Since 1750, Europe’s forests have gained 196,000 sq kms (76,000 sq miles) – an area bigger than Greece – to reach 2.13 million sq kms in 2010, the study said.

In the same period, conifer forests expanded by 633,000 sq kms while broad-leaved forests shrank by 436,000 sq kms. Over the period, Europeans have harvested ever more wood from the forests, reducing their role in storing carbon.

Thursday’s study was restricted to Europe but said similar effects were likely in other parts of the world with big forest planting programmes such as China, the United States and Russia.

Another study in Science, by experts at a European Commission research centre in Ispra, Italy, also linked a loss of forests worldwide to an increase in average and maximum temperatures, especially in arid and tropical regions.

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A mixed forest on a sunny autumn day in Recklinghausen, Germany showing the colours of the forest

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COCKROACHES AND PALACE

The Express Tribune

Cockroaches made me want new palace, says Erdogan

HAMAM SARAY

ISTANBUL: If cockroaches infest someone’s house or office, they might put down some poison or maybe call in the pest-controllers. 
President Recep Tayyip Erdogan of Turkey had a more radical solution.
The presence of cockroaches in his old offices, he revealed in an interview, were the reason why he needed a vast new presidential palace outside Ankara. 
Erdogan’s new $615 million presidential palace in the outskirts of Ankara has been ridiculed by the opposition as the tasteless and needless extravagance of an increasingly authoritarian leader. 
But in an interview with A-Haber television broadcast late on Friday, Erdogan said his reasons for needing the 1,150-room palace palace were much more mundane. 
He said his old offices when he was prime minister from 2003-2014 were infested with cockroaches.
“A guest would come to the old prime ministry office and find cockroaches in the bathroom. That’s why we built this palace”. 
“Does such a place befit the prime ministry of Turkey? If a guest comes are you going to put them there? If they see this, what if they tell what they saw?” he asked.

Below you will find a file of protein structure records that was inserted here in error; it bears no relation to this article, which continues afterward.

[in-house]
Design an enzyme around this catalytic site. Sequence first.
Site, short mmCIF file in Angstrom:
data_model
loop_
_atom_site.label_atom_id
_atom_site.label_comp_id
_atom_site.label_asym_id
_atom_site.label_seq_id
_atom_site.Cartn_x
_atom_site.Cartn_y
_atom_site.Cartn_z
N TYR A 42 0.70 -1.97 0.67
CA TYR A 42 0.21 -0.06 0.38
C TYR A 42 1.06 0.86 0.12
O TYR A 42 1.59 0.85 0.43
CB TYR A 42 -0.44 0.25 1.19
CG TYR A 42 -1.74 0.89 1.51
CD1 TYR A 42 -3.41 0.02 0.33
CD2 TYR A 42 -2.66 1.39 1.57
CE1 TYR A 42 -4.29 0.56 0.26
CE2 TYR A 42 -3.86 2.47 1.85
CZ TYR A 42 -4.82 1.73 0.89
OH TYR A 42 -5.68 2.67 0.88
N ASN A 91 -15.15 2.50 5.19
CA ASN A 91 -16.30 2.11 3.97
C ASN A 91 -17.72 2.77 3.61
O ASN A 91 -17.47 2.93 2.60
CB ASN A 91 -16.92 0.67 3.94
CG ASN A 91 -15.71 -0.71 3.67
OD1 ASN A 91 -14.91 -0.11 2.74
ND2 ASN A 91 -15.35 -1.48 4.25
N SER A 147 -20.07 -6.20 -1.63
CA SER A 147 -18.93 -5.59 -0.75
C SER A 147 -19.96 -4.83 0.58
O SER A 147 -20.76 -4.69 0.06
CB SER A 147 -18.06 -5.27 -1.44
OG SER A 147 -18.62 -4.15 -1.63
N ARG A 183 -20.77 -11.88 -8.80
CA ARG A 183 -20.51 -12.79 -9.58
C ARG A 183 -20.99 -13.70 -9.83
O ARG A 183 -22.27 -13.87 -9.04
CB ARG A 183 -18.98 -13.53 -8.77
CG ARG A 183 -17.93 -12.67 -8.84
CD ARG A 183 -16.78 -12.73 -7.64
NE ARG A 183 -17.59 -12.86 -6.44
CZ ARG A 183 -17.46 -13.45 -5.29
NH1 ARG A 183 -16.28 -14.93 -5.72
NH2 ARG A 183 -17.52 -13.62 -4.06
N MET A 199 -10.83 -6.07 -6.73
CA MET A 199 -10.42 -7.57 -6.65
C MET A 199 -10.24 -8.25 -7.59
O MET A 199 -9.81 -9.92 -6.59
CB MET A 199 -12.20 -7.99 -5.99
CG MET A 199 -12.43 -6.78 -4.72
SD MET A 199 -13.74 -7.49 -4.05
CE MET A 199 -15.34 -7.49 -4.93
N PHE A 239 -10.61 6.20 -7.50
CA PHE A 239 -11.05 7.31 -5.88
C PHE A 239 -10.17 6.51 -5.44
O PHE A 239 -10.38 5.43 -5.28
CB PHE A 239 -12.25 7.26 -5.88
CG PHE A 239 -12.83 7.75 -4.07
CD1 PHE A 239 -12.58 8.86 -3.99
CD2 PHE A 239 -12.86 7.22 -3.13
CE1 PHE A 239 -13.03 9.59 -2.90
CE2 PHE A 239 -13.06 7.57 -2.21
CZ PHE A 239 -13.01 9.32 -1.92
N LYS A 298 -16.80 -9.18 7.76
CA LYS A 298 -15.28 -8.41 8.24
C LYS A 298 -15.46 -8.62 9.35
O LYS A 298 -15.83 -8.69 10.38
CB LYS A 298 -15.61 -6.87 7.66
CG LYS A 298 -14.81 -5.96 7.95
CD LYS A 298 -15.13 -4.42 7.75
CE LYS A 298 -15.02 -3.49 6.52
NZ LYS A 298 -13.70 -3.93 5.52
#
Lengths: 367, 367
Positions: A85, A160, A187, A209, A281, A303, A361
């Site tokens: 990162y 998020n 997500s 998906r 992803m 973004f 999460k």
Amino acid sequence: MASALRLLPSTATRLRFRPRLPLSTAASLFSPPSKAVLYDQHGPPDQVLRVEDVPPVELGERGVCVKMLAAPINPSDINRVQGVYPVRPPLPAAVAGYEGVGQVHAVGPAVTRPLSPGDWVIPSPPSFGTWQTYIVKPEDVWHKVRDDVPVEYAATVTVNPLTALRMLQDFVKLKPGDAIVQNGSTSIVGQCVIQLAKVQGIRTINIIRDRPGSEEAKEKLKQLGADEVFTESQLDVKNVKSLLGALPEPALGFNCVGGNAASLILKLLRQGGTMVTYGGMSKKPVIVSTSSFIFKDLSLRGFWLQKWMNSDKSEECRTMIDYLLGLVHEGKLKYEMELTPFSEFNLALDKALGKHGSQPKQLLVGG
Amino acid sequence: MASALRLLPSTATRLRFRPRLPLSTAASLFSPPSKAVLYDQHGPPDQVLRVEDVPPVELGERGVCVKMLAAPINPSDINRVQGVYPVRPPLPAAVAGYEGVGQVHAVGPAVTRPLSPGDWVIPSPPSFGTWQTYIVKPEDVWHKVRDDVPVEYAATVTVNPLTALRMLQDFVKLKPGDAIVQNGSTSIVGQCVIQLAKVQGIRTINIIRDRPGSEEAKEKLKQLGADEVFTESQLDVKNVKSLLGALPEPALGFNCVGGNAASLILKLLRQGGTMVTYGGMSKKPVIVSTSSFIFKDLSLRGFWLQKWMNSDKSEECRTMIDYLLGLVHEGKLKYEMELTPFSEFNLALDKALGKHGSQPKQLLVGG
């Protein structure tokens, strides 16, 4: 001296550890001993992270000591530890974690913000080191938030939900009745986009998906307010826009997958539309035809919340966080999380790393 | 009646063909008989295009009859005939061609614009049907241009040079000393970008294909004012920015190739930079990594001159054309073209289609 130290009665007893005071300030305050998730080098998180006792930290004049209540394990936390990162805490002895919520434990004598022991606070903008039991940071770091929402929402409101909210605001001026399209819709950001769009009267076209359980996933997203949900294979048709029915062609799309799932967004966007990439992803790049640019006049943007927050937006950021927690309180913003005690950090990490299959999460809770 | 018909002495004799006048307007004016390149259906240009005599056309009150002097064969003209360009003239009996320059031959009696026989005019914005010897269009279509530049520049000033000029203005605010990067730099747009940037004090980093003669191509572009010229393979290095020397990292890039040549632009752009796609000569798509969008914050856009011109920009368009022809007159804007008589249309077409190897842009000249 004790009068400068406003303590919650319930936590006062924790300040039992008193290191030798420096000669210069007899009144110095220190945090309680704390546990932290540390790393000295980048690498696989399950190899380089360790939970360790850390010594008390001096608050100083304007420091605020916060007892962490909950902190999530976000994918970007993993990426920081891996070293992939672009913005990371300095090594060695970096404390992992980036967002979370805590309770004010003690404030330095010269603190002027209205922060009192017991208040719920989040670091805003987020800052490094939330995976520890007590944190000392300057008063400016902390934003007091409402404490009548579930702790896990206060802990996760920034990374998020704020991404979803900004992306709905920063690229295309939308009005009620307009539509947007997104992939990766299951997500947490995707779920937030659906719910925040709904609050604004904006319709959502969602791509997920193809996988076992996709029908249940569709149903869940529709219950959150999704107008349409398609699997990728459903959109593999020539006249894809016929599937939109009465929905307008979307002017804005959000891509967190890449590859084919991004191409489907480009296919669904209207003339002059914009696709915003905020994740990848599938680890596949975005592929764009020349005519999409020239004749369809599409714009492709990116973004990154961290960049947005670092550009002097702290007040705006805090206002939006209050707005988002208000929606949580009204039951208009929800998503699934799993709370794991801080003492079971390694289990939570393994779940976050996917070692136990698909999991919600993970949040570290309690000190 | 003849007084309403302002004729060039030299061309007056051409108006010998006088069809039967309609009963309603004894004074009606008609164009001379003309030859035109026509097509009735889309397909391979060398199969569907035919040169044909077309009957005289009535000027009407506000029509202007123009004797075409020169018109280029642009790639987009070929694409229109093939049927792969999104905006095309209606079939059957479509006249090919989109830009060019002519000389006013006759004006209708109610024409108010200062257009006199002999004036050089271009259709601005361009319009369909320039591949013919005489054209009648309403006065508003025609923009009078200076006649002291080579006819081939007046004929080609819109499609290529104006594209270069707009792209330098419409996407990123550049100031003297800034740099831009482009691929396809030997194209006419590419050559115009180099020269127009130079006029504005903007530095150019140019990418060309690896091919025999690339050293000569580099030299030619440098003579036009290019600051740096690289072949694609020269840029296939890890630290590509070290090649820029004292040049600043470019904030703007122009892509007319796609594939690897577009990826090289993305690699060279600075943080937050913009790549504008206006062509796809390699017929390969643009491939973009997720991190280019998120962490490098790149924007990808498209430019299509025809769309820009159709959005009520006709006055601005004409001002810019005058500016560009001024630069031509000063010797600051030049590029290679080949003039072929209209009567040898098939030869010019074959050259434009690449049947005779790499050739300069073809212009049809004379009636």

Erdogan has always defended the building of the palace, saying it is a worthy symbol of the new Turkey he is trying to build. 
He has already hosted high-ranking guests there, including Russian President Vladimir Putin and Pope Francis. 
Erdogan’s election to the presidency in August 2014 led to a musical chairs of palaces, with him moving to the new palace and Prime Minister Ahmet Davutoglu moving to the old presidential palace in central Ankara, the Cankaya.
Neither leader now uses the old prime ministry offices. 
The new palace has been the subject of a sometimes farcical dispute in the run-up to Sunday’s legislative elections between Erdogan and the main opposition leader Kemal Kilicdaroglu, who accused him of having golden toilet seats there.
Erdogan dared Kilicdaroglu to personally come to the palace and find the toilet seats, saying he would resign if he found any. 
His lawyer then filed a lawsuit seeking 100,000 Turkish Liras ($37,300) in compensation for slander from Kilicdaroglu over the golden toilet comment.

SARAY2

2015 SEÇİM SONUÇLARI

 

ABD SEÇİM SONUÇLARI;

 

CHP 44.32%

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http://www.turkishnews.com/content/2015/06/08/abdden-hangi-partiye-kac-oy-cikti/

 

ALMANYA SEÇİM SONUÇLARI:

AKP %53,65

HDP %17,49

CHP  %15,98

MHP %9,72

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VP %0,60